In 1922 the BSA was 12 years old. It was still a young organization. To improve the Scout program and to train the professional corps, the BSA held Biennial National Meetings of Scout executives. In September 1922 the Scout executives gathered at the Blue Ridge Assembly near Asheville, North Carolina. During the meeting the Camp Commission released a report that raised concern about fraternal and secret organizations at Scout camps. The unease was understandable. There did exist secret societies at the time that were not in keeping with Scouting principles. Some groups involved cliques, undemocratic principals and even overtly racist foundations. So it was not unreasonable for Scout executives to have apprehension about secret societies operating in their Scout camps. The result was a motion to pass a resolution “that camp fraternities be discouraged in connection with Boy Scout camps”.
The existence of Wimachtendienk was potentially in peril. Goodman was first to rise and be recognized in opposition. He knew the great benefits possible from camp societies and told the assembled executives how a camp fraternity could “further emphasize the Scout principles and ideals in the life of boys.” He cautioned those in attendance that were unfamiliar with such groups to not automatically reject them.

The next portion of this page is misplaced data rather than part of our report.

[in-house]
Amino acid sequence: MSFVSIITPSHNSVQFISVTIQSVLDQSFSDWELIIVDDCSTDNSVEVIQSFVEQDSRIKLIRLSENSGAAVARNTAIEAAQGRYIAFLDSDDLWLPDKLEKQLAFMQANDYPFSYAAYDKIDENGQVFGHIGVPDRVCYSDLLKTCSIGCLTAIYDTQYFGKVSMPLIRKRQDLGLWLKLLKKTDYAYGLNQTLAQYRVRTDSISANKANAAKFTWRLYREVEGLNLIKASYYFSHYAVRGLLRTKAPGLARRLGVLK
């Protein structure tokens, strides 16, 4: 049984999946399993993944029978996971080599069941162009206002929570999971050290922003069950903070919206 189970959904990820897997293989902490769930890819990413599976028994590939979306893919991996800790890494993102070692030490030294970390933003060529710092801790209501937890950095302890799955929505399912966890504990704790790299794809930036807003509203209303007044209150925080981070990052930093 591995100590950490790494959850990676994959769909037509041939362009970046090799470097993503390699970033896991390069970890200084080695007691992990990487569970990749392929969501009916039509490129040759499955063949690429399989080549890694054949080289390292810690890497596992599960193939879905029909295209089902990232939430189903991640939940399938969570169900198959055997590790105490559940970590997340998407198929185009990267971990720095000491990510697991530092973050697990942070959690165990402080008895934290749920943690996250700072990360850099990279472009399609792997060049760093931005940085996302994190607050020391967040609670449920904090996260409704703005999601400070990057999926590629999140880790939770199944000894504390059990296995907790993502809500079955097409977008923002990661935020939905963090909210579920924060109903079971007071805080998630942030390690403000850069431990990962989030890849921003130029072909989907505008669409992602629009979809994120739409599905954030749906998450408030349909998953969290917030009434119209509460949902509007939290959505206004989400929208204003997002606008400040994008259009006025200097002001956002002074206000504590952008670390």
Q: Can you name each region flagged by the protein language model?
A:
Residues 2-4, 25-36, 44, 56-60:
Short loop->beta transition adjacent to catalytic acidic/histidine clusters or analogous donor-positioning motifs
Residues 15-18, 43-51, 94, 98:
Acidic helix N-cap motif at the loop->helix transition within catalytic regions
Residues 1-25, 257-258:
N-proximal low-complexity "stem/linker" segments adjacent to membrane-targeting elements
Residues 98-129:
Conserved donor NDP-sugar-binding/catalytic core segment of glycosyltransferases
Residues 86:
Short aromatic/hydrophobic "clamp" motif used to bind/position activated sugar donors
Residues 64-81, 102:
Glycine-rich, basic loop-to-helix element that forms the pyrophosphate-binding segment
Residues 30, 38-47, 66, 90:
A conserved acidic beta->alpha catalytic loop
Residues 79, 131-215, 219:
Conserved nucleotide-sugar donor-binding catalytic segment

Then Edson rose in defense of our Order. He said,
…for some eight seasons now I have been connected with a camp honor society which has proved of such wonderful help in the council where it was first started that it has since been organized in…other cities as well, where it is proving equally valuable.
He went on to state that,
This organization is a service organization, using the form of ceremony and symbolism which has a very definite appeal to the boy and which has proved of great value both in camp and throughout the year in the city in many of the councils of this country promoting Scouting ideals.
After further motions the original resolution was watered down to the point that it no longer affected the Order. It essentially stated that organizations that were contrary to Scouting were disapproved and even this version barely passed. This potential problem for the Order had been averted.
Following the session at the Scout executive conference, Goodman reported that members of the Grand Council (which would have included Goodman, Edson, Schuck, Carrick and others) met privately with Chief Scout James West. Goodman reported that West told them:
that (he) would be glad to see the work proceed under careful supervision and would be interested to mark its progress and to review the literature of the Order.
He also admonished that the Order must grow on its own merits. And so it was, the Order would grow on its own merits,
Goodman and the Order had made a most powerful ally. West himself would be inducted in the Order in 1938 and received an inaugural Distinguished Service Award for his role in acknowledging the potential of the Order in 1922.